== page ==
5.11. Nested Classes

All the classes you have defined so far have been separate from each other—each stored away in its own source file. Not all classes have to be defined like this. You can put the definition of one class inside the definition of another class. The inside class is called a nested class. A nested class can itself have another class nested inside it, if need be.

When you define a nested class, it is a member of the enclosing class in much the same way as the other class members. A nested class can have an access attribute just like other class members, and the accessibility from outside the enclosing class is determined by the attributes in the same way:

public class Outside {

  // Nested class
  public class Inside {
    // Details of Inside class...

  // More members of Outside class...

Here the class Inside is nested inside the class Outside. The Inside class is declared as a public member of Outside, so it is accessible from outside Outside. Obviously, a nested class should have some specific association with the enclosing class. Arbitrarily nesting one class inside another would not be sensible. The enclosing class here is referred to as a top-level class. A top-level class is a class that contains a nested class but is not itself a nested class.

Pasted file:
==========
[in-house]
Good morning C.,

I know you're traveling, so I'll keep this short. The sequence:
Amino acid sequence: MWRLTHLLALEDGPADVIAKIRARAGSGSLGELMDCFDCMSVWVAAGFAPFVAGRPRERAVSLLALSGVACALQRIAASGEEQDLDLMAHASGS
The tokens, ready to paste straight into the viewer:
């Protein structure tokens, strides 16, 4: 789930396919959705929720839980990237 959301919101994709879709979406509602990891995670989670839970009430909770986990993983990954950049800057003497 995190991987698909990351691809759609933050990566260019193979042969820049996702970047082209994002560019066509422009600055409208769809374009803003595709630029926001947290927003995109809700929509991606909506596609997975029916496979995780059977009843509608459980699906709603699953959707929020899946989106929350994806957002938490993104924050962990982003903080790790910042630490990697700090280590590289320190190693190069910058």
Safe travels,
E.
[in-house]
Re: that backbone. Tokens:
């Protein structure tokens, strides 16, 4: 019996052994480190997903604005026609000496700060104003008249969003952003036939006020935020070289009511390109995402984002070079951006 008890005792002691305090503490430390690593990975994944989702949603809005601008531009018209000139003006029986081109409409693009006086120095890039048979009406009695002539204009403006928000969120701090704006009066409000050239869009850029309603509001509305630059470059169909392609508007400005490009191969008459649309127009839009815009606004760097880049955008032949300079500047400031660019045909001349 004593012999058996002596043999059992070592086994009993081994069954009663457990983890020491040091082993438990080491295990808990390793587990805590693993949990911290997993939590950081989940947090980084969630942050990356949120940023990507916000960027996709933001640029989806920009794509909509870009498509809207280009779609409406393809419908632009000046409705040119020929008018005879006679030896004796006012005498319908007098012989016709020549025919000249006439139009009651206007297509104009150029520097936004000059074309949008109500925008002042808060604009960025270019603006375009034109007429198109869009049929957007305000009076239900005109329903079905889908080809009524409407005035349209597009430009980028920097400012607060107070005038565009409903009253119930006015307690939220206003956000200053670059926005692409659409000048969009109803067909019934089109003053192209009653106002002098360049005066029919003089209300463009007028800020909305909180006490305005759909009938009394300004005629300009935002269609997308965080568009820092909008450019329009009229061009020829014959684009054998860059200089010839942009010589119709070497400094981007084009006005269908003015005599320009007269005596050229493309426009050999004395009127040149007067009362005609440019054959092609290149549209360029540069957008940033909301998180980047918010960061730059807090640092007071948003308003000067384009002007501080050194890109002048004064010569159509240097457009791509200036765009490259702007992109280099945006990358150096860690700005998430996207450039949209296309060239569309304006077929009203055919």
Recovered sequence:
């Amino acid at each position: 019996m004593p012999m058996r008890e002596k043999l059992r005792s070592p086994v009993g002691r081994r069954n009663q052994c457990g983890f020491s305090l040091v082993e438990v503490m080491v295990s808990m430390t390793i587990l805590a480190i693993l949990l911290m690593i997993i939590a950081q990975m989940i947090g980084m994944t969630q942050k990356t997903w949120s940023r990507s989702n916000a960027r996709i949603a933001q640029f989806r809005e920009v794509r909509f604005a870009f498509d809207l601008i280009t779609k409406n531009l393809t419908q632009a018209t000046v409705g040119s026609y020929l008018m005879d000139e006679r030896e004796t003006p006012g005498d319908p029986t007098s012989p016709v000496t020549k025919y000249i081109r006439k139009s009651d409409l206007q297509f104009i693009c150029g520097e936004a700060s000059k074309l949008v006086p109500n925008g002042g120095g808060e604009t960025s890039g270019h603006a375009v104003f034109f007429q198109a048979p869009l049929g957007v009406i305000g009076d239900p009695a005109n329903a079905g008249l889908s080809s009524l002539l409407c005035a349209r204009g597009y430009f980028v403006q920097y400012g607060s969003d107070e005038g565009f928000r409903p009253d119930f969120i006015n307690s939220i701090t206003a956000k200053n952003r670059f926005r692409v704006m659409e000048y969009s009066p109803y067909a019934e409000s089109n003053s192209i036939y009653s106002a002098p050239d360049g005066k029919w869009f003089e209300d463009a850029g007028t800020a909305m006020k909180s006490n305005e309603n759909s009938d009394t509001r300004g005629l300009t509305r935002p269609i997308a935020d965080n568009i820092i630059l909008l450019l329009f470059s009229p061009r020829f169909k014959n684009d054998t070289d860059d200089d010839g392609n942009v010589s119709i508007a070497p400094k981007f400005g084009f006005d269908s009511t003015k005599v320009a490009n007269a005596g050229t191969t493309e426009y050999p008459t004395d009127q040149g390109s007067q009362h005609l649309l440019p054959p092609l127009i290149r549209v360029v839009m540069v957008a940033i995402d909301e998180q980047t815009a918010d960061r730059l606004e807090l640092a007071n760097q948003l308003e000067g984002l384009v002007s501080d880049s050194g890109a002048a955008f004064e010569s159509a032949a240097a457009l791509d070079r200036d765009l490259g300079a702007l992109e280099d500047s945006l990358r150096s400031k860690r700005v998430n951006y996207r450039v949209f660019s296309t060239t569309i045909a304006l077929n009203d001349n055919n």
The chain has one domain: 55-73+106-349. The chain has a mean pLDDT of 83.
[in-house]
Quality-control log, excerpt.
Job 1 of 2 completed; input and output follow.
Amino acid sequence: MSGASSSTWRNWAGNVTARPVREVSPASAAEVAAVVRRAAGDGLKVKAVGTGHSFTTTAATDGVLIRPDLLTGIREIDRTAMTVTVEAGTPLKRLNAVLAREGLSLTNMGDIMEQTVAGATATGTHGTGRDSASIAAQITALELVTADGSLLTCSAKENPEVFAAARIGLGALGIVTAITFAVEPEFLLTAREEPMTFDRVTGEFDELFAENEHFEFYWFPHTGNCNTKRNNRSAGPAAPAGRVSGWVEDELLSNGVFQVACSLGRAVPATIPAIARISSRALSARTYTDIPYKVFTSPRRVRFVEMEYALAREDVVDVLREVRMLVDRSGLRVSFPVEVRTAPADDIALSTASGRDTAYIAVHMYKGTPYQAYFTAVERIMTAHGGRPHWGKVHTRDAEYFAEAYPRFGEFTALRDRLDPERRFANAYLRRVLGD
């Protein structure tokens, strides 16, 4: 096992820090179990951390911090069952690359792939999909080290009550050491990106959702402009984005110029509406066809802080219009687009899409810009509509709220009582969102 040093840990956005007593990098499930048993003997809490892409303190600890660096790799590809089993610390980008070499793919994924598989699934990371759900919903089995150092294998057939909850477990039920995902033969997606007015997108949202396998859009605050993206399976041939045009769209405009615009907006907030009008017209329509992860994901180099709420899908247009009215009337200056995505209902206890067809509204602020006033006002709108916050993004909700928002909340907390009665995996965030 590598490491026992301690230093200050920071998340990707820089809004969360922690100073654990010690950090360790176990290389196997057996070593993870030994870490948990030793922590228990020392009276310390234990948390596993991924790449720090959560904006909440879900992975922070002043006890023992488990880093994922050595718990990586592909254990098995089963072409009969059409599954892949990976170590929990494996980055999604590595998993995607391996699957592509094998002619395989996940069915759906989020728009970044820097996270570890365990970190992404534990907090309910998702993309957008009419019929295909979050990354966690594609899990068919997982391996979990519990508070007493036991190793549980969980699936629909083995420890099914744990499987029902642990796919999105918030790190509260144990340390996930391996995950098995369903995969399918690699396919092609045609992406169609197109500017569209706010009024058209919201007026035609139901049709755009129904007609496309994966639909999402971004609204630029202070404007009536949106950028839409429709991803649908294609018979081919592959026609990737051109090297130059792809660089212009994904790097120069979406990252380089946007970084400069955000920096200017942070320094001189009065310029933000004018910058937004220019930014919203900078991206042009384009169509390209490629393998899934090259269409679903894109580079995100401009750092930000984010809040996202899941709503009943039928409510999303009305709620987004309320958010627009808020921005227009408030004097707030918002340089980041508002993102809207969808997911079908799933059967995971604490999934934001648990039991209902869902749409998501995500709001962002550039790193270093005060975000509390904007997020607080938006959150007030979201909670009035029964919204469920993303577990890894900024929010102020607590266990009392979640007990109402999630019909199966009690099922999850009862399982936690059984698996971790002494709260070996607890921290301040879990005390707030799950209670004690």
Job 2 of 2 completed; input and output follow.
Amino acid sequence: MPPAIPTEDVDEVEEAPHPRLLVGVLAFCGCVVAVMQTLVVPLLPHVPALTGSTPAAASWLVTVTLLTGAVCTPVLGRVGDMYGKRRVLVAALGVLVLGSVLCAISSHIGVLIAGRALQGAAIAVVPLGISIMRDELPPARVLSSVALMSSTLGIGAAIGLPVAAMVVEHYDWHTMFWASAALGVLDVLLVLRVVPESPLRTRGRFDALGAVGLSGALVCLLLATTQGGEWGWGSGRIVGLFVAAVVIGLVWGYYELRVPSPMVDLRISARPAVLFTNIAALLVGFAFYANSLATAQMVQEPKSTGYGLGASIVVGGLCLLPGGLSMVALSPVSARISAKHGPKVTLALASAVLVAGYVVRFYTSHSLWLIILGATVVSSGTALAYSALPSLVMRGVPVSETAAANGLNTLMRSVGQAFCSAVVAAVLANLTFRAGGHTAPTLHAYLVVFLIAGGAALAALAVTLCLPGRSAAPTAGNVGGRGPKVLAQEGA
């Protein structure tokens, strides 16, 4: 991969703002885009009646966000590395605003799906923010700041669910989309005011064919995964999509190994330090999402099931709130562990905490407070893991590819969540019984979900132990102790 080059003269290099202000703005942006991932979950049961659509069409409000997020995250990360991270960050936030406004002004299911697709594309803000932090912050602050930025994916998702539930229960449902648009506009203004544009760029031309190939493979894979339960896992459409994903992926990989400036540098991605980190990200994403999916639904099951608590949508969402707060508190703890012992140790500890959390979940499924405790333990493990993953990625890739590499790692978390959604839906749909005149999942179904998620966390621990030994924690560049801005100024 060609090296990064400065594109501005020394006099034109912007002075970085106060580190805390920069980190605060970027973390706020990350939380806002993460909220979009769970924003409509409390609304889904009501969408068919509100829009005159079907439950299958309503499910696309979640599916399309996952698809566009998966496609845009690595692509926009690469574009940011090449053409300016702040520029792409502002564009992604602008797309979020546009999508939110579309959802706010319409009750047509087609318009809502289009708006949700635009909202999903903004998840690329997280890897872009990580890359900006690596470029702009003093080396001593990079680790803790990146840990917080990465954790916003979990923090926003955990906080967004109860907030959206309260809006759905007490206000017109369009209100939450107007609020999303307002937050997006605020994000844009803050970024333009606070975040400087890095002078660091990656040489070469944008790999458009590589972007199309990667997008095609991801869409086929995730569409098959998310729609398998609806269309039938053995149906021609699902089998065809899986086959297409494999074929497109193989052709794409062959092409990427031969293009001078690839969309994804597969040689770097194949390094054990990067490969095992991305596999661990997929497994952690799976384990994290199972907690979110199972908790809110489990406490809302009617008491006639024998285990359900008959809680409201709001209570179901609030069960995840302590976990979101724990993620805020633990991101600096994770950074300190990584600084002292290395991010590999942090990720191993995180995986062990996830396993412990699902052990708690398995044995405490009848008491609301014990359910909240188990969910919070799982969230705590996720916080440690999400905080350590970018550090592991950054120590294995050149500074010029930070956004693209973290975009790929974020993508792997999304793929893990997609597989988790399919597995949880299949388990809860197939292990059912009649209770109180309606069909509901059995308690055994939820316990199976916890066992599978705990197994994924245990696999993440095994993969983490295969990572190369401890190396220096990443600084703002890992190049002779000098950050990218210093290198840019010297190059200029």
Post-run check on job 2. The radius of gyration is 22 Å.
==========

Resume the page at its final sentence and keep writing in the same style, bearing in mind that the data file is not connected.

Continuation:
The nested class here has meaning only in the context of an object of type Outside. This is because the Inside class is not declared as a static member of the class Outside. Until an object of type Outside has been created, ...

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